Basal cell carcinoma (BCC) in this disorder has been found in 50-75% of patients, and they most often appear between puberty and 35 years of age. However, the number of lesions varies from a few to several thousand and ranges in size from 1 mm to 30 mm in diameter. [6],[7],[8] Pits of palms and soles are distinct features of this syndrome, and these lesions are 2-3 mm in diameter and 1-3 mm in depth. [9] Diagnosis of BCCNS can be made when two of the five major criteria, or one major and two minor criteria are present. Major criteria of this syndrome include the following: (1) multiple (two or more) basal cell carcinomas or one BCC under 30 years, or 10 or more basal cell nevi; (2) OKC of the jaw; (3) multiple (three or more) palmar or plantar pits; (4) ectopic calcification, such as lamellar calcification of the falx cerebri; and (5) family history of Gorlin's syndrome. Minor manifestations include the following: (1) skeletal anomalies, such as bifid, fused rib or vertebrae, marked syndactyly of the digits, and scoliosis; (2) congenital malformation, including cleft lip or palate, macrocephaly, hypertelorism, and frontal bossing; (3) medulloblastoma in young children; and (4) cardiac or ovarian fibroma. BCNS must be distinguished from rare disorders, such as linear unilateral nevoid BCCs, Bazex syndrome, and Rombo syndrome. [10] Bazex syndrome is an X-linked dominant syndrome, characterized by multiple BCCs of the face, hypohidrosis, hypotrichosis, and follicular atroderma of the extremities. Rombo syndrome is a dominantly inherited disorder with multiple BCCs, hypotrichosis, vermiculate atrophoderma, milia, trichoepitheliomas, and peripheral cyanosis. [11]

Recurrence of OKC in NBCCS is well-documented to be due to the familial inheritance that require immediate detection in families with critical genetic counseling, retained satellite cysts during enucleation or retained neural cell islands, or portions of lining left behind, proliferations of basal cells of the oral mucosa called as basal cell hamartias. [2],[5] As clinical diagnosis always relies on a criterion which may lead to delayed diagnosis of NBCCS, gene mutation analysis should be used in suspicious cases to substantiate the diagnosis. In addition, the antenatal diagnosis is also feasible by means of ultrasound scans and analysis of deoxyribonucleic acid extracted from fatal cells obtained by amniocentesis. Eventually, it is worth stating the major differential diagnosis that includes Bazex syndrome, tricho epithelioma papulosum multiplex and Torre's syndrome. [1]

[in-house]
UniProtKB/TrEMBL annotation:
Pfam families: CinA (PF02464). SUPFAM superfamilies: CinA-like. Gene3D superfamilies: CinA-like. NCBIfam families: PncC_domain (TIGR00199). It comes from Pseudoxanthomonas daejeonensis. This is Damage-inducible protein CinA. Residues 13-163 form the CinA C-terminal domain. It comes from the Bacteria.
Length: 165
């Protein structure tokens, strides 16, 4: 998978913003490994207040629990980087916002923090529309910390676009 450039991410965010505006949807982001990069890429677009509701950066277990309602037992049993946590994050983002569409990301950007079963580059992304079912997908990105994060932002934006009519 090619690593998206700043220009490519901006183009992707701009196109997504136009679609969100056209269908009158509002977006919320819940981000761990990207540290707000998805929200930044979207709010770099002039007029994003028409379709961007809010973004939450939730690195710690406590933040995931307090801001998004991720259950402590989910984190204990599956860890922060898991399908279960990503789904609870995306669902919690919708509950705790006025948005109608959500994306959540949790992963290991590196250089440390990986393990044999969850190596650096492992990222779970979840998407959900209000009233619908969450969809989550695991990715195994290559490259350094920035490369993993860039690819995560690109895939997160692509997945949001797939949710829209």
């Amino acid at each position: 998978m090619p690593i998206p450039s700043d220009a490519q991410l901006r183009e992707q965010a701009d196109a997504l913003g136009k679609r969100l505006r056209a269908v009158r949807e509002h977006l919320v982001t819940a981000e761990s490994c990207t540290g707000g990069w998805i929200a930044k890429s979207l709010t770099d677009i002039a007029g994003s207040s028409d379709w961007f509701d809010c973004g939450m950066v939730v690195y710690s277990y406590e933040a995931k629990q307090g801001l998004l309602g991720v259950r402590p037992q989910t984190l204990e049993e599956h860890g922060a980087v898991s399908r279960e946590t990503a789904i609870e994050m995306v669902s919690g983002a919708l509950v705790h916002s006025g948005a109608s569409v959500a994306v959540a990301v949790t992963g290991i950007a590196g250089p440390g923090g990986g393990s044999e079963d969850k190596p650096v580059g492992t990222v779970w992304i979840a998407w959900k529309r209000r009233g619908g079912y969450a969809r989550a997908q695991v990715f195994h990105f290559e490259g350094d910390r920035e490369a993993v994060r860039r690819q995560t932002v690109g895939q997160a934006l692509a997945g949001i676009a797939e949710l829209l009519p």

OKCs associated with NBCCS have found to be immune-positive for P 53 protein and over expression of cyclin D1 with various degrees of staining intensity while non-syndromic OKCs have mostly been found to be negative for P 53 and cyclin D1. [1],[11],[12] This type of immune expression could be considered as a hallmark of a mutated cellular phenotype, thus leading to the aggressive clinical behavior showing recurrence as there is deregulation of the expression of cyclin D1 and P 53, involved in a check point control of cellular proliferation. Management requires a multidisciplinary approach involving surgical removal, laser ablation, photo dynamic therapy and topical chemotherapy.

Management requires a multidisciplinary approach. Keratocysts are treated by surgical removal. Surgery for NBBCs is indicated when the number of lesions is limited; other treatments include laser ablation, photodynamic therapy and topical chemotherapy. Radiotherapy should be avoided. Vitamin An analogs may play a preventive role against development of new NBCCs. Life expectancy in NBCCS is not significantly altered, but morbidity from complications can be substantial. Regular follow-up by a multi-specialist team (dermatologist, neurologist and odontologist) should be offered. Patients with NBCCS should strictly avoid an excessive sun exposure. OKC has a particular tendency to recur after surgical treatment. Pindborg and Hansen observed no correlation between the size or location of the cyst and its tendency to recur; nor was there any difference in recurrence rate between cases that were treated by extirpation and those treated by fenestration. [13] The increased recurrence of OKC in syndromic patients over non syndromic patients because of OKC associated with this syndrome have a familial tendency, and early family detection and genetic counseling are critical. [14] These cysts arise earlier in patients with NBCCS than in those who are unaffected by the syndrome. OKC associated with NBCCS have occasionally been reported to transform into aggressive neoplasms such as ameloblastomas and squamous cell carcinoma. The cyst lining seen in the NBCCS-related OKC is classically parakeratinized and does not appear to be associated with the orthokeratinized variant of the OKC. [15] The cystic nature of OKC has long been debated, with some investigators classifying the OKC as a benign tumor. In recent years, the World Health Organization has recommended that the term "keratocystic odontogenic tumor" replace the term "OKC," as it better reflects the neoplastic nature of the lesion. [16]